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I am looking for mathematical documentaries, both technical and non-technical. They should be "interesting" in that they present either actual mathematics, mathematicians or history of mathematics. I am in charge of nourishing our departmental math library (PUCV) and I would like to add this kind of material in order to attract undergraduates toward mathematics. For this reason, I am not looking for videos of conferences or seminar talks, but rather for introductory or "wide public" material.

Here are some good examples.

Are there more examples? Thanks, Ricardo.

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    $\begingroup$ Not exactly a documentary, but appropriate for an undergrad math library: youtube.com/watch?v=wO61D9x6lNY $\endgroup$ – Aaron Hoffman Jun 19 '12 at 18:57
  • $\begingroup$ Consult this other question mathoverflow.net/questions/1714/best-online-math-videos ... answers include documentaries, perhaps. $\endgroup$ – Gerald Edgar Jun 19 '12 at 19:10
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    $\begingroup$ This question should surely be community wiki. $\endgroup$ – HJRW Jun 19 '12 at 19:41
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    $\begingroup$ Yes, Ricardo: please edit your question and click on the option "communiy wiki" (see the FAQ for more information on what that is). $\endgroup$ – André Henriques Jun 19 '12 at 19:55
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    $\begingroup$ @André Henriques and @HW: thanks, it's done. $\endgroup$ – Ricardo Menares Jun 19 '12 at 21:38

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"With striking images, some mathematical humor, a little drama, and a nice puzzle, this is again a very charming movie from director Ekaterina Eremenko." - John Rognes, Chairman of the Abel Committee

Trailer is here

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The LMS commissioned a film "Thinking Space".

Through explorations of their various thought processes, the film portrays mathematicians who are grappling with advanced mathematical ideas. We are presented with the concepts of imagination, intuition, and wonder, as well as rigorous mathematical deduction.

The film features Kevin Buzzard, Peter Donnelly, Tim Gowers, Martin Hairer, Roger Penrose, Caroline Series, Richard Thomas, Reidun Twarock, and Karen Vogtmann.

There are some excerpts on the LMS website: Frames of mind. However, you can also find the whole film on vimeo: Thinking Space by Heidi Morstang (posted by the director of the film).

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Recently a documentary on Maryam Mirzakhani was released called Secrets of the Surface: The Mathematical Vision of Maryam Mirzakhani. It both described her personal life/journey through mathematics, as well as an introduction to part of her research aimed at a general audience.

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The Joy of Stats by Hans Rosling.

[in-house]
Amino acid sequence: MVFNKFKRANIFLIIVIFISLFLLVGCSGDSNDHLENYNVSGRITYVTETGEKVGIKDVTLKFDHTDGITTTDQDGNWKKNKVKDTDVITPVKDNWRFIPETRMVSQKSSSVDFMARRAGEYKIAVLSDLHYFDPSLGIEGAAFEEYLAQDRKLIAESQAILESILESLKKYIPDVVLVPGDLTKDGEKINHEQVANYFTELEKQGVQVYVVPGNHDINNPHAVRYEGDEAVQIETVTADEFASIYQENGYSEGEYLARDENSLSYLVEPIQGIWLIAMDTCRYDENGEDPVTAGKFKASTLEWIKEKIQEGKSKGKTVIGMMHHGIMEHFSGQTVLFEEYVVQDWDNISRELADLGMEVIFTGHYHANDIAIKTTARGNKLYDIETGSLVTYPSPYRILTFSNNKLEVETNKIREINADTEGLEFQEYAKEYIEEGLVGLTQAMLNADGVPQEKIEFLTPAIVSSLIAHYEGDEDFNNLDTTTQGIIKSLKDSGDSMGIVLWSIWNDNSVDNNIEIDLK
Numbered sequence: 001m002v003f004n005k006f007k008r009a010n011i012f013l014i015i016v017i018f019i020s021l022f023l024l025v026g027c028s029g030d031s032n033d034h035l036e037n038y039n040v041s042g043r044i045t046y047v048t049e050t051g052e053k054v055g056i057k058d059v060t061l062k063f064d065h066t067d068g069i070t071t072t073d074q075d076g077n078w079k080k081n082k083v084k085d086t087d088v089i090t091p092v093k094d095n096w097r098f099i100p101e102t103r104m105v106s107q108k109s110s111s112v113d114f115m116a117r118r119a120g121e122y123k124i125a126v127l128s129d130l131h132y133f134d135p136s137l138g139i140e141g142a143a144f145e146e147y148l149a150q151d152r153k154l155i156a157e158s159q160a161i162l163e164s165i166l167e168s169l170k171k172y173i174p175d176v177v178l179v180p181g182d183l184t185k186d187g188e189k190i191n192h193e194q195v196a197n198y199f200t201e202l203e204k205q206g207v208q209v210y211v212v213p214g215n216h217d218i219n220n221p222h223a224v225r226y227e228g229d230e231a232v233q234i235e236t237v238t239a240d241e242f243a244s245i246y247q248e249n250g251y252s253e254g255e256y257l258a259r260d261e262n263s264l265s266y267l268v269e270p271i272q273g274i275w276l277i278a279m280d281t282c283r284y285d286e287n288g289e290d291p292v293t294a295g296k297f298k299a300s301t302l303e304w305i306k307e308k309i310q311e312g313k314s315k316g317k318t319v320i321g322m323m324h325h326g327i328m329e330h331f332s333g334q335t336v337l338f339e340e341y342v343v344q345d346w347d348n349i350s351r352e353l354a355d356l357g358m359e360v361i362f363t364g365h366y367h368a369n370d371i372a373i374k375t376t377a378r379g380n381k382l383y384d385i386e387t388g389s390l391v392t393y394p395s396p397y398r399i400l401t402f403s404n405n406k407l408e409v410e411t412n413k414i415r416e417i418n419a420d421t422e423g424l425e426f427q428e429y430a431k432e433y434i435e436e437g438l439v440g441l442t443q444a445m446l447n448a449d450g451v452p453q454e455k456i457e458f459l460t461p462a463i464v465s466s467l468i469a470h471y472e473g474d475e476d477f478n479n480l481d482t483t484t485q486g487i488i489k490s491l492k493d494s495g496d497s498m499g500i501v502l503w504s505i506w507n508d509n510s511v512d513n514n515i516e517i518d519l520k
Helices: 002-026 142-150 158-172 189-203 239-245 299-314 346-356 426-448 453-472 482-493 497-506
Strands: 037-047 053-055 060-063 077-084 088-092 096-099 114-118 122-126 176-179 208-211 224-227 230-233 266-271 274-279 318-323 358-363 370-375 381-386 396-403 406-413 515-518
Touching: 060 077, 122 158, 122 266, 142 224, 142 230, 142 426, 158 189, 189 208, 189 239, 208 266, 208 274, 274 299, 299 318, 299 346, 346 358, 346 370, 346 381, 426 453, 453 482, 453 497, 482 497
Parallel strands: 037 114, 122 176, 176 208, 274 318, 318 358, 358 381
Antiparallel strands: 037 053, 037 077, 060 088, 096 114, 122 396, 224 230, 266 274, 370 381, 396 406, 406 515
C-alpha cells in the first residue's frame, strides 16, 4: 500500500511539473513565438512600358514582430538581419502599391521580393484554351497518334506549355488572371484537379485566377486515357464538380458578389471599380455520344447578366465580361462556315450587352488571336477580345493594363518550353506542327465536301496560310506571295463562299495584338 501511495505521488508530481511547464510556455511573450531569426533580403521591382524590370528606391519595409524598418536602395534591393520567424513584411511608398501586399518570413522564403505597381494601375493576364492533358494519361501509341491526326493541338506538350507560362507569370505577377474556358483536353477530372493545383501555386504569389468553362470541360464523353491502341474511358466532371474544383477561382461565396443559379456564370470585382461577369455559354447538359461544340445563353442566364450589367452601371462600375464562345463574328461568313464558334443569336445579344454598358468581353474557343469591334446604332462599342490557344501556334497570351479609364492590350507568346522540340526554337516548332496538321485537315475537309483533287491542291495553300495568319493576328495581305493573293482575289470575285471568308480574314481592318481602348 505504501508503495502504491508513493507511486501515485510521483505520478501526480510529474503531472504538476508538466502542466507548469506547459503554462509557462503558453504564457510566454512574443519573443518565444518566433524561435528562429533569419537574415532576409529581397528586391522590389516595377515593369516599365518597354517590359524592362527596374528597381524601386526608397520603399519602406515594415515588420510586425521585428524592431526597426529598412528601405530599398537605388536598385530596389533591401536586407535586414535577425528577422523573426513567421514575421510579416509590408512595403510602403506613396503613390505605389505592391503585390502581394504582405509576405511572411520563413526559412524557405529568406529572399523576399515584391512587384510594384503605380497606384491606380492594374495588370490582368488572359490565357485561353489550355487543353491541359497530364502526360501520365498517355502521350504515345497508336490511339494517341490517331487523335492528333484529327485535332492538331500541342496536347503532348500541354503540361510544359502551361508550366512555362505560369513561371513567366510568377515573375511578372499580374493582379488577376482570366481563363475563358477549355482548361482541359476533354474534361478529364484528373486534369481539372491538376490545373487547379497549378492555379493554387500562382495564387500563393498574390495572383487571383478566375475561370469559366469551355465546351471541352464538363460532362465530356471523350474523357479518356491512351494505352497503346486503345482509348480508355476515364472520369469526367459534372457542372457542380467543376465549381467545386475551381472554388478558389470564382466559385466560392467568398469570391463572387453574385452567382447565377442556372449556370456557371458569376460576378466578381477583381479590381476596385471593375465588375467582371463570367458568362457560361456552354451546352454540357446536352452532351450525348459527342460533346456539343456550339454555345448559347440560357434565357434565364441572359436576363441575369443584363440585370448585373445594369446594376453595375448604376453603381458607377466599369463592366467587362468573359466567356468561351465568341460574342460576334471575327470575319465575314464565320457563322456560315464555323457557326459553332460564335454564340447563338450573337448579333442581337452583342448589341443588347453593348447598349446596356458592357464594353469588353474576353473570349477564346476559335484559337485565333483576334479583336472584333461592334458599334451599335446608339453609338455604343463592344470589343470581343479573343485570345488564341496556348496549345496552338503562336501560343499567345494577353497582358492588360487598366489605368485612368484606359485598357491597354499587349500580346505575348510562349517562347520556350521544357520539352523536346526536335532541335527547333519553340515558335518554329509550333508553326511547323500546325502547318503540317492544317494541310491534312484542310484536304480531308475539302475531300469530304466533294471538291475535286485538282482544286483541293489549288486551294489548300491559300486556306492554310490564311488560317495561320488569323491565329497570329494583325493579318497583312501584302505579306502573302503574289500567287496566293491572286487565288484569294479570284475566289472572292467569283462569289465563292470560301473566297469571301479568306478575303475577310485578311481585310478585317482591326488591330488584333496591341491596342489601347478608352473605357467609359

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Marcus du Sautoy has a number of BBC math specials and short series dealing with concepts of zero, infinity, measurement. Some are done under the Horizon umbrella.

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Nova's Mathematical Mystery Tour is a really nice one and is on youtube.

httpS://www.youtube.com/watch?v=MbOyXO-JFX8&feature=related

RAMANUJAN: Letters from an Indian Clerk again available on youtube.

httpS://www.youtube.com/watch?v=OARGZ1xXCxs

This question was also asked on math stackexchange sometime back and here is the link to it.

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"Between The Folds" is another beautiful documentary about Math. http://www.youtube.com/watch?v=tE4lqYzS2m0

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  • $\begingroup$ The youtube link in the answer seems to be dead. Here is a Wikipedia link about this documentary: Between the Folds. $\endgroup$ – Martin Sleziak Nov 19 '20 at 7:54
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Something new every day is a great short documentary about Ron Graham by George Csicsery.

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In February of this year (2016), the Alfred P. Sloan Foundation sponsored a workshop at the Fields Institute about the development of a new 'language' to represent mathematics in computerized/formalized form.

The participants were 40 mathematicians, logicians, experts in computational mathematics and formalized mathematics.

Because bringing the approximate 100 million pages of peer-reviewed research mathematics into a modern, computer-understandable form will be a long term global effort (https://arxiv.org/abs/1404.1905), the Alfred P. Sloan Foundation also sponsored the making of a documentary-style video about the workshop; including participant interviews (e.g. with Ingrid Daubechies, Yuri Matiyasevich, Harvey Friedman, Stanislav Smirnov, Jeremy Avigad, Georges Gonthier) to foster a more global discussion on the subjects involved in developing such a new 'language'.

Topics such as: what is mathematics, why we need proofs, how to get more people involved in formal mathematics, what is the mechanized future of mathematics and others are discussed.

I was one of the workshop organizers, and we just finished editing a 90 min video ("Towards a Semantic Language of Mathematics") and it is now on Youtube:

https://www.youtube.com/watch?v=psSyM1zp82k

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Apparently nobody mentioned Serre's "How to write mathematics badly".

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    $\begingroup$ Is it a documentary or a lecture? $\endgroup$ – David Roberts Sep 10 '20 at 23:39
  • $\begingroup$ Oh, you are probably right. Though the difference is not so clear to me, this is a documentary on how to write mathematics... $\endgroup$ – abx Sep 11 '20 at 7:44
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The youtube channel of Simons Foundation can be considered as a series of one-shot "documentaries" about puzzles and (auto)biographies of mathematicians: https://www.youtube.com/channel/UCZVjCmJOQRpAQ_EruAIPqXg

There is also a (rare?) documentary on the life of Grothendieck in french, I saw a trailer here: https://youtu.be/UO5KgnTY_fU